When people ask what kind of message legalization sends to our children, I say, "What kind of message does lying send to our children?" As long as our anti-drug campaigns contain blatant falsehoods mixed in with true and important messages, we are lying to our children. And sooner or later, they're gonna figure it out, just like I did. Marijuana is used regularly by millions of Americans. If you aren't using it yourself, someone you know and trust probably is. Maybe you know it, and maybe you don't since, contrary to the lessons handed out by the War on Drugs people, you can live a perfectly normal, ordinary life and yet smoke pot from time to time.
And this is when the problem of lying to our children really becomes an issue. Because when kids learn the truth about marijuana, why then should they believe what they've been taught about the other illegal drugs? Indeed, why should they believe anything they are told by authority figures such as their teachers, their parents, and the government?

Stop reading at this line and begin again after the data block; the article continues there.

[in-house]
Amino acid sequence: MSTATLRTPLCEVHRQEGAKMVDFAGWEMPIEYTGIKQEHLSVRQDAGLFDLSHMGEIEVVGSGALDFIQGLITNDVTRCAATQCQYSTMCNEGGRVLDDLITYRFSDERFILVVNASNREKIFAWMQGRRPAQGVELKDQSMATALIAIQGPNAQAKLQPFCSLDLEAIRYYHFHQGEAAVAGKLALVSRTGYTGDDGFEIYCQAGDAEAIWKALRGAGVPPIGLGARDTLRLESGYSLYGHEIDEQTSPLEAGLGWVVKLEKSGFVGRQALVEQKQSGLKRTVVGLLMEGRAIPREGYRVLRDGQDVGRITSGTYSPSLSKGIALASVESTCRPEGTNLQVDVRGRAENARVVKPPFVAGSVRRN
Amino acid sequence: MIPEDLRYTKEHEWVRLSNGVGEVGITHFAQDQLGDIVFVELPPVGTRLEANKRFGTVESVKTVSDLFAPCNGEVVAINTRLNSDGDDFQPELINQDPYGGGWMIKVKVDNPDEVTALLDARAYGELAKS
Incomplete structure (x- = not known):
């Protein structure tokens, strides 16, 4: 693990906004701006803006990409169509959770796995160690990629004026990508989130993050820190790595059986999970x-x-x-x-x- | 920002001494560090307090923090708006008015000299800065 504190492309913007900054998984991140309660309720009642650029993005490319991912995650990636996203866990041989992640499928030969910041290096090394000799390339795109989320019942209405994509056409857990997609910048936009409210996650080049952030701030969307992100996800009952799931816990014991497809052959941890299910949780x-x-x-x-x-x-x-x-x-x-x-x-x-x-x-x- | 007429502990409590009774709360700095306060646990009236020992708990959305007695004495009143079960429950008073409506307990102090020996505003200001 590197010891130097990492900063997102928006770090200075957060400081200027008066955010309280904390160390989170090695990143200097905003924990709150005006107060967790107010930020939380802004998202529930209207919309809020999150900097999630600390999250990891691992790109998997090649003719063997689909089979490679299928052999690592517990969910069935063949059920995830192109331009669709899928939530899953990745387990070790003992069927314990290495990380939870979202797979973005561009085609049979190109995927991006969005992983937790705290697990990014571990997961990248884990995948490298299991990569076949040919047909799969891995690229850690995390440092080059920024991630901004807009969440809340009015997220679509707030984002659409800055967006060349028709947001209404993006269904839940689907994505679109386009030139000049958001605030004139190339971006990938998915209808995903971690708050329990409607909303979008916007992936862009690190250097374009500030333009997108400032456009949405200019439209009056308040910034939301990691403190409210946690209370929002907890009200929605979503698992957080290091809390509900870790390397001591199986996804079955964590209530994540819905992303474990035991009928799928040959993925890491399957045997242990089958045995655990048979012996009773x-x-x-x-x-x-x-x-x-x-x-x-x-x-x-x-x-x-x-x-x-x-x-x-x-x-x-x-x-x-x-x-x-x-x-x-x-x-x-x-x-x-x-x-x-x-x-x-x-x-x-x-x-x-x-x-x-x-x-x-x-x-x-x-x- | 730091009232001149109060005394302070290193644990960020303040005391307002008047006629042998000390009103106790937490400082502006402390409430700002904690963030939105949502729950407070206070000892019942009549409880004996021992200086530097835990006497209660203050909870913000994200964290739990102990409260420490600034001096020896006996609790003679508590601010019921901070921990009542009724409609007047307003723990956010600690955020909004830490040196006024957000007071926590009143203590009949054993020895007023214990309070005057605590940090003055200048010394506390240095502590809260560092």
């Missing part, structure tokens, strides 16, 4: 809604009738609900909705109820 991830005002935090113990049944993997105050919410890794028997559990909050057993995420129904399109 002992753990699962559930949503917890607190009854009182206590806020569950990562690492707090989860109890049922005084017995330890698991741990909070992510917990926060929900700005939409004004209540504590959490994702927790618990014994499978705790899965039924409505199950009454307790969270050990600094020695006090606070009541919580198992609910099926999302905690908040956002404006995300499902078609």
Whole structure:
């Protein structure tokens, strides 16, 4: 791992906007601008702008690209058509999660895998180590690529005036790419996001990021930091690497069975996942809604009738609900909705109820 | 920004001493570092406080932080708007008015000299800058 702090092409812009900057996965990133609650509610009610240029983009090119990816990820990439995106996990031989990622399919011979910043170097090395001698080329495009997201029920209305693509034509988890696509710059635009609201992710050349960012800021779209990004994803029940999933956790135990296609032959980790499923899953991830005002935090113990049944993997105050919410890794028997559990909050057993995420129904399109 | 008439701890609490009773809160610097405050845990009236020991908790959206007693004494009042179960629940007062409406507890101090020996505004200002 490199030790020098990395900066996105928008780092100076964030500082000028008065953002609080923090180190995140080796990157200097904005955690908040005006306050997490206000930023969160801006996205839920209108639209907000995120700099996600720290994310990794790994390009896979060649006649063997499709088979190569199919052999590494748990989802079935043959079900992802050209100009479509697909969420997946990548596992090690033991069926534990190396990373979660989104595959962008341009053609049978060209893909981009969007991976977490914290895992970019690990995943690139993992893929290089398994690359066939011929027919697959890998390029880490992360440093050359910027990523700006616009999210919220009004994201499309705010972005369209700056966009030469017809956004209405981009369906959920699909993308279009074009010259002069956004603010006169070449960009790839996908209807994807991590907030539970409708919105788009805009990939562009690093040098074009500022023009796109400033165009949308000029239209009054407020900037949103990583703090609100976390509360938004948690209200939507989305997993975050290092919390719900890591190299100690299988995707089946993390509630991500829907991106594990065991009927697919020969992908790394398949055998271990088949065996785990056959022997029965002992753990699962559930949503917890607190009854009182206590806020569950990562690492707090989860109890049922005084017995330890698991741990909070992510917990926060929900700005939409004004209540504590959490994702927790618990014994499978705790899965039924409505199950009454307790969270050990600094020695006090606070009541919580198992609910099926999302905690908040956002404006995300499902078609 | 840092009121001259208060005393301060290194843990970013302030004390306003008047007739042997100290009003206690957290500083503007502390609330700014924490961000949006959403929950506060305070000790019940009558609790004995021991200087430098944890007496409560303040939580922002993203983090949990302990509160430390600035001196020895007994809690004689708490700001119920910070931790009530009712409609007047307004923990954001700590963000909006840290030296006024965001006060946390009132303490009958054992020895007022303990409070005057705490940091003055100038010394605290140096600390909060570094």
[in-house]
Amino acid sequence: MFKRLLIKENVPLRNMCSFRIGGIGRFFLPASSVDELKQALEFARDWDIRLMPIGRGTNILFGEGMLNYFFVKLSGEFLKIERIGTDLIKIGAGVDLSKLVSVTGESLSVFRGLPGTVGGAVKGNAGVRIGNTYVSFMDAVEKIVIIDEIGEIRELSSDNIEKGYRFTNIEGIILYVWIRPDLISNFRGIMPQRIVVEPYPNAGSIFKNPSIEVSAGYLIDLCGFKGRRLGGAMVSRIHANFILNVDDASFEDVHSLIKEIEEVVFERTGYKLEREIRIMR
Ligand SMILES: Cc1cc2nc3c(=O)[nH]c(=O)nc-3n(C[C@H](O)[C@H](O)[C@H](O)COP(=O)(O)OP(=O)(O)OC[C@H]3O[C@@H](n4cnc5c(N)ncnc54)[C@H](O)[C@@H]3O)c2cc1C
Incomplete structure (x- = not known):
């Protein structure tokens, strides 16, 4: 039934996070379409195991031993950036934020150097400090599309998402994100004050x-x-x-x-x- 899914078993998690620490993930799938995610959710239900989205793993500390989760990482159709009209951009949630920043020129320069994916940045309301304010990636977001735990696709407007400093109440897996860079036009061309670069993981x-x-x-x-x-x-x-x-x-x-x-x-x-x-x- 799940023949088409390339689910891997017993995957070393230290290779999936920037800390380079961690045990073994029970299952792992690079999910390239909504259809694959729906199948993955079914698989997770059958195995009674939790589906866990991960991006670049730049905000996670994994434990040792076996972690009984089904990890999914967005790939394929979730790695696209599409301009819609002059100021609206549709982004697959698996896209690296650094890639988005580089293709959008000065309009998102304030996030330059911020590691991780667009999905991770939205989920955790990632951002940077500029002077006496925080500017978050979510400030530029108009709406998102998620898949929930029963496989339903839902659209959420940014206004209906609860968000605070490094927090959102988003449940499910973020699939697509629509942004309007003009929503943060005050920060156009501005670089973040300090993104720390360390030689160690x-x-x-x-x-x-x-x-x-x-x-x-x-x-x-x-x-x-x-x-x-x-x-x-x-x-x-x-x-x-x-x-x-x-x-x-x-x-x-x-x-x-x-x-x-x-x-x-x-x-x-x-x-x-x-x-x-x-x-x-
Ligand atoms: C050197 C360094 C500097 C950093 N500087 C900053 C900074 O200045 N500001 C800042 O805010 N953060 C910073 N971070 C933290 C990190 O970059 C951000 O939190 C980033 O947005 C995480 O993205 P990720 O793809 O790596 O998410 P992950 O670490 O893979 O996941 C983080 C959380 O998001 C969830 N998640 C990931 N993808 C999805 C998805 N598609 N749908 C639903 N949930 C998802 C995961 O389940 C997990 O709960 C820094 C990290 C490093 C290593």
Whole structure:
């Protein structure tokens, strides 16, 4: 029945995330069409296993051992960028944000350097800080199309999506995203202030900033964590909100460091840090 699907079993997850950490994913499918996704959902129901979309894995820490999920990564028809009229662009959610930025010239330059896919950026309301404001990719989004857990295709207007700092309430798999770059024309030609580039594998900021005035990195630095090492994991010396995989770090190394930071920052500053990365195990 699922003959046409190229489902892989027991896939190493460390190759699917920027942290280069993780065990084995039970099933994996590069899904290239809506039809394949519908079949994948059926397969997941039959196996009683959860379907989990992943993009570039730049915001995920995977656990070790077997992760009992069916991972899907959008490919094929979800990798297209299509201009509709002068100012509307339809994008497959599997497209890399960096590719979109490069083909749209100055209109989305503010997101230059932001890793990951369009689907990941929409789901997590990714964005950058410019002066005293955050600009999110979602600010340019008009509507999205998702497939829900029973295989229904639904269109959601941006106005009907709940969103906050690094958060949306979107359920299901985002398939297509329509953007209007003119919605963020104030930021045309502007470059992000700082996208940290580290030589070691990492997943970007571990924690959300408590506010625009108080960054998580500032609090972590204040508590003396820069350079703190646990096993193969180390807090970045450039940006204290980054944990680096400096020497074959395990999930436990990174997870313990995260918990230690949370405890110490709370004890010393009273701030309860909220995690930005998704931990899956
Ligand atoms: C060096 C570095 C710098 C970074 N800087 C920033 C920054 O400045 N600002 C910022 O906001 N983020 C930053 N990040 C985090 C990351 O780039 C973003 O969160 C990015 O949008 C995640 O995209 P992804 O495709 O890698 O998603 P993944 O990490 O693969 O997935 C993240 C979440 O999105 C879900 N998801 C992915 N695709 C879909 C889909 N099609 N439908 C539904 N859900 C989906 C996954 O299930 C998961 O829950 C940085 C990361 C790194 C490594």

Another excuse that is often given for keeping marijuana illegal is the so-called "gateway drug" theory. This notion holds that if kids start with soft drugs like pot, they will then move on to dangerous drugs like crack or herion.
If there is any truth to this theory, it can only be because kids realize they've been lied to about pot and therefore assume they're being lied to about heroin and crack as well. So, if anything, the gateway drug theory is an argument for legalization, not against it.